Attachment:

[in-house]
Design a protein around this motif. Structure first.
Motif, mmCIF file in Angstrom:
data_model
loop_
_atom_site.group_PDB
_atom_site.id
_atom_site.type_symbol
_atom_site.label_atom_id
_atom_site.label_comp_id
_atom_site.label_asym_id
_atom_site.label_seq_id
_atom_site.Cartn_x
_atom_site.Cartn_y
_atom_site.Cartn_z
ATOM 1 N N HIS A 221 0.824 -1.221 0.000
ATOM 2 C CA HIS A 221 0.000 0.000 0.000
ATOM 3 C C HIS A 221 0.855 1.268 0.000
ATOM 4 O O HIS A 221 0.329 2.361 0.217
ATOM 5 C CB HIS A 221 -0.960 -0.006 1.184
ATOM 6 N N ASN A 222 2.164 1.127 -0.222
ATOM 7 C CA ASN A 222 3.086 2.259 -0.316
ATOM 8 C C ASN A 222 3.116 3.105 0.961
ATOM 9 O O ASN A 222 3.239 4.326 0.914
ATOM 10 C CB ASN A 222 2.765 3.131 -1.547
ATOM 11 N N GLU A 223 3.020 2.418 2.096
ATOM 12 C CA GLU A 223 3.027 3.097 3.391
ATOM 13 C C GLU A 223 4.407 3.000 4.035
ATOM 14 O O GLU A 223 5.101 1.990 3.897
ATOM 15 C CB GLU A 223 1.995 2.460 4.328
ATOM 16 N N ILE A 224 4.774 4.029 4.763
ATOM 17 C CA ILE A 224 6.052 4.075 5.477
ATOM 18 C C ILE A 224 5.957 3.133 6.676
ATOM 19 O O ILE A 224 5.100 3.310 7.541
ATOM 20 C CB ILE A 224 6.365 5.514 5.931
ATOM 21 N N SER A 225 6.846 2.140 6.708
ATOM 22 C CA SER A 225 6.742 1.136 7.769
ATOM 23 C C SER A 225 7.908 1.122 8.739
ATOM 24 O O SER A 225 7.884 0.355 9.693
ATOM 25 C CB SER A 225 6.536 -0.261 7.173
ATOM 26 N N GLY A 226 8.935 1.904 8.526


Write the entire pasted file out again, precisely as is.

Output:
[in-house]
Design a protein around this motif. Structure first.
Motif, mmCIF file in Angstrom:
data_model
loop_
_atom_site.group_PDB
_atom_site.id
_atom_site.type_symbol
_atom_site.label_atom_id
_atom_site.label_comp_id
_atom_site.label_asym_id
_atom_site.label_seq_id
_atom_site.Cartn_x
_atom_site.Cartn_y
_atom_site.Cartn_z
ATOM 1 N N HIS A 221 0.824 -1.221 0.000
ATOM 2 C CA HIS A 221 0.000 0.000 0.000
ATOM 3 C C HIS A 221 0.855 1.268 0.000
ATOM 4 O O HIS A 221 0.329 2.361 0.217
ATOM 5 C CB HIS A 221 -0.960 -0.006 1.184
ATOM 6 N N ASN A 222 2.164 1.127 -0.222
ATOM 7 C CA ASN A 222 3.086 2.259 -0.316
ATOM 8 C C ASN A 222 3.116 3.105 0.961
ATOM 9 O O ASN A 222 3.239 4.326 0.914
ATOM 10 C CB ASN A 222 2.765 3.131 -1.547
ATOM 11 N N GLU A 223 3.020 2.418 2.096
ATOM 12 C CA GLU A 223 3.027 3.097 3.391
ATOM 13 C C GLU A 223 4.407 3.000 4.035
ATOM 14 O O GLU A 223 5.101 1.990 3.897
ATOM 15 C CB GLU A 223 1.995 2.460 4.328
ATOM 16 N N ILE A 224 4.774 4.029 4.763
ATOM 17 C CA ILE A 224 6.052 4.075 5.477
ATOM 18 C C ILE A 224 5.957 3.133 6.676
ATOM 19 O O ILE A 224 5.100 3.310 7.541
ATOM 20 C CB ILE A 224 6.365 5.514 5.931
ATOM 21 N N SER A 225 6.846 2.140 6.708
ATOM 22 C CA SER A 225 6.742 1.136 7.769
ATOM 23 C C SER A 225 7.908 1.122 8.739
ATOM 24 O O SER A 225 7.884 0.355 9.693
ATOM 25 C CB SER A 225 6.536 -0.261 7.173
ATOM 26 N N GLY A 226 8.935 1.904 8.526